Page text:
Opening Salvos in 2014 World Cup

Tuesday, June 17th, 2014
  • Host Brazil won their opening game against worthy opponents Croatia aided and abetted by a naïve Japanese referee.
  • Forty seven goals have been scored in the opening 15 matches, which is the biggest number at this stage since 1958.
  • Eight substitutes have made an impact on proceedings by scoring for their countries.
  • Five teams- Belgium, Ivory Coast, Costa Rica, Switzerland, and Holland achieved comeback wins.
  • England outwitted by a pragmatic Italy
  • Uruguay, semi-finalists in 2010, grabbed the lead against Cost Rica only to succumb to the minnows 1-3.
  • Despite ominously taking the lead holders Spain were thrashed 5-1 by Holland with Van Persie and Robben each scoring twice. Spain’s goal keeper Casillas had a nightmare.
  • European giants Germany and France trounced their opponents 4-0 and 3-0 respectively.
  • USA produced a gutsy performance against technically superior Ghana to win 2-1.

Unless I’m clearly mistaken the current Brazil team is not as powerful or intimidating as some of its predecessors. They appear to have only one world class player in Neymar. Their goal keeper Caesar was playing in the Championship in England last season for QPR, and could prove to be their undoing. They were very lucky to beat Croatia who must be aggrieved by some of the decisions, not least the penalty award, of the theatrical Japanese referee.

USA are arguably in the “group of death,” but got off to a flying start against technically superior opponents Ghana by scoring after 32 seconds. The fact they held onto the lead until the 60th minute speaks volumes for their grit and determination. Even more impressive was coming back to score the winner late on from substitute defender Johnny “football” Brooks. They could take advantage of a vulnerable Portugal team who were thrashed 4-0 by Germany and secure a place in the last sixteen.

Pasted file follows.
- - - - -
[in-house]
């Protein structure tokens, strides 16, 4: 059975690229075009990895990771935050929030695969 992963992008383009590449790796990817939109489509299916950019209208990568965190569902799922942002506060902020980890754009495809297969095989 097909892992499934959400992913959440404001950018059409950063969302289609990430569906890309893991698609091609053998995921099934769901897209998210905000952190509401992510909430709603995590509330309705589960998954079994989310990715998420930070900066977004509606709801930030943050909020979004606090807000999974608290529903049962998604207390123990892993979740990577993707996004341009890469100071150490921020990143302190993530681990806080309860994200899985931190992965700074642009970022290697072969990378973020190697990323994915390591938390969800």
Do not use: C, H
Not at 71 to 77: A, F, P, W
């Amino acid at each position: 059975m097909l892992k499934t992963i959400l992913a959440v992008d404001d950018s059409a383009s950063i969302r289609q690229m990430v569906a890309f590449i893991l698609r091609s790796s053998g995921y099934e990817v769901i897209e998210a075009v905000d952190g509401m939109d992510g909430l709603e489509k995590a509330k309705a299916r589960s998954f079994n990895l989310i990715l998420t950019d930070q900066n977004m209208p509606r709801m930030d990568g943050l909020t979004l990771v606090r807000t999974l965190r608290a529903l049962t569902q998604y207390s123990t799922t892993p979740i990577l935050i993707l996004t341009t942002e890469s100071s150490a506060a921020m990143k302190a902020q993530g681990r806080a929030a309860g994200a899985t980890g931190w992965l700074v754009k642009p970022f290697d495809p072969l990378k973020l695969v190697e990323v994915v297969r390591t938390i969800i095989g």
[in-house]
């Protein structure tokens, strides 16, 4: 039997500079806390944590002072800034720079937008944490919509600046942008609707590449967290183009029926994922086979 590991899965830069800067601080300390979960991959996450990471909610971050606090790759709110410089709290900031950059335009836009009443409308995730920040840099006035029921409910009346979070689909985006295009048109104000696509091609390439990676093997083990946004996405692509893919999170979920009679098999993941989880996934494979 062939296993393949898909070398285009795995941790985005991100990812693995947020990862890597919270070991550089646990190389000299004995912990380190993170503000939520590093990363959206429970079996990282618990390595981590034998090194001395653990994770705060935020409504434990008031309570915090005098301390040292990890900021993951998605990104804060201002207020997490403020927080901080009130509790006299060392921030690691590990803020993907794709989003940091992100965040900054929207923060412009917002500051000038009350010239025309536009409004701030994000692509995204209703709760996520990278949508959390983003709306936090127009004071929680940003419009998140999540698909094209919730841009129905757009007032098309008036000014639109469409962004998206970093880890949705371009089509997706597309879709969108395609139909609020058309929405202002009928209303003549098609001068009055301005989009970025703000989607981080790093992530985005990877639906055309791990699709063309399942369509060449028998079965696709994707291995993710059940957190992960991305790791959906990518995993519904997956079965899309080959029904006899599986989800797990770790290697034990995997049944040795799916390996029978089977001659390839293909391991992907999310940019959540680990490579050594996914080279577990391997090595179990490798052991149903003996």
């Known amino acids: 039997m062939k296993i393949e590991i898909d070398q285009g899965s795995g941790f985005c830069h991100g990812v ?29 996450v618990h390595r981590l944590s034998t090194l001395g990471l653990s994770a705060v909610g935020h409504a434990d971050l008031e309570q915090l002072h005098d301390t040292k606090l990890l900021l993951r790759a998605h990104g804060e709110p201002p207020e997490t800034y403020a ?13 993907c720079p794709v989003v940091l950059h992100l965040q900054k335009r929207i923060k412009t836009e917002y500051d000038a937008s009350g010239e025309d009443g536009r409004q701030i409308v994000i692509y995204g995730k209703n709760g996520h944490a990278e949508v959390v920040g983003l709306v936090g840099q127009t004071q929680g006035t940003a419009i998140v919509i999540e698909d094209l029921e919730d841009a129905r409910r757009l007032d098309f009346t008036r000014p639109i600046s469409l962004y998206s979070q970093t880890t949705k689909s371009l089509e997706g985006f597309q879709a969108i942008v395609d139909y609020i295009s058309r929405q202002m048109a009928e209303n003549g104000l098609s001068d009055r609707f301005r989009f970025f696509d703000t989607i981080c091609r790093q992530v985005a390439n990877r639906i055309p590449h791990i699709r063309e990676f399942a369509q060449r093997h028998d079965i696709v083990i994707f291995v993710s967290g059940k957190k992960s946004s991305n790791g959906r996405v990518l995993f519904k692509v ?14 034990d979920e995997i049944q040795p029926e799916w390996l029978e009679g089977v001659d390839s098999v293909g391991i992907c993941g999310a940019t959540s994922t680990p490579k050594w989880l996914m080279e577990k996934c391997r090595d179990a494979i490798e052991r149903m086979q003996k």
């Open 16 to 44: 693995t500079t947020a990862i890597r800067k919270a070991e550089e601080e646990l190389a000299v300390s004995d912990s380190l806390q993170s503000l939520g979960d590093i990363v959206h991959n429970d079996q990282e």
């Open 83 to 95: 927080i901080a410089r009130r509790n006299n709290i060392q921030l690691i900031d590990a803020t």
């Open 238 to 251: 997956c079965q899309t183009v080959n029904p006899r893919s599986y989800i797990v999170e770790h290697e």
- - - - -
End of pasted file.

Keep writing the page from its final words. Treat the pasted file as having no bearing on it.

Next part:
Two of the biggest surprises of the opening games involved holders Spain and Uruguay who were semi-finalists in 2010. Spain grabbed an early lead against Holland and were in cruise mode until they conceded an equalizer just before half time. Spanish goal keeper Casillas had a bewildered look about him for most of the second half, and was culpable for at least two of the four goals that Holland scored in that period. Uruguay also scored first against un fancied Costa Rica, but substandard defending (maybe it was arrogance) allowed their opponents to run away with the game 3-1.

I didn’t quite understand the reaction of the English press to England’s defeat to Italy. Most of the newspapers agreed that England played very well and were optimistic about their remaining two matches. To my mind they showed some potential, but they were weak in so many areas. The two fullbacks are so vulnerable defensively that the wide midfielders spend so much time helping them that they are not much of an attacking force. England allowed 37 year old Pirlo to run the game when it cried out for somebody to stand on his toes and nullify his contribution. Rooney provided the cross for England’s goal, but proved once again on the big stage he is steeped in mediocrity. Nineteen year old Raheem Sterling was one of the few bright sparks for England, but the back four, usually England’s strength, worry me. Balotelli scored with a routine header at the back post with neither central defender close to him.

Dark horses, Belgium, made heavy weather against Algeria, who scored first, but the mussels men came through with two late goals from substitutes Fellaini and Mertens. Belgium were accused of lacking passion and tempo for most of the match by the football pundits, but I thought the lack of width in attack was proving to be an albatross around their neck until the substitutions. They can play a lot better which could be ominous for the other teams.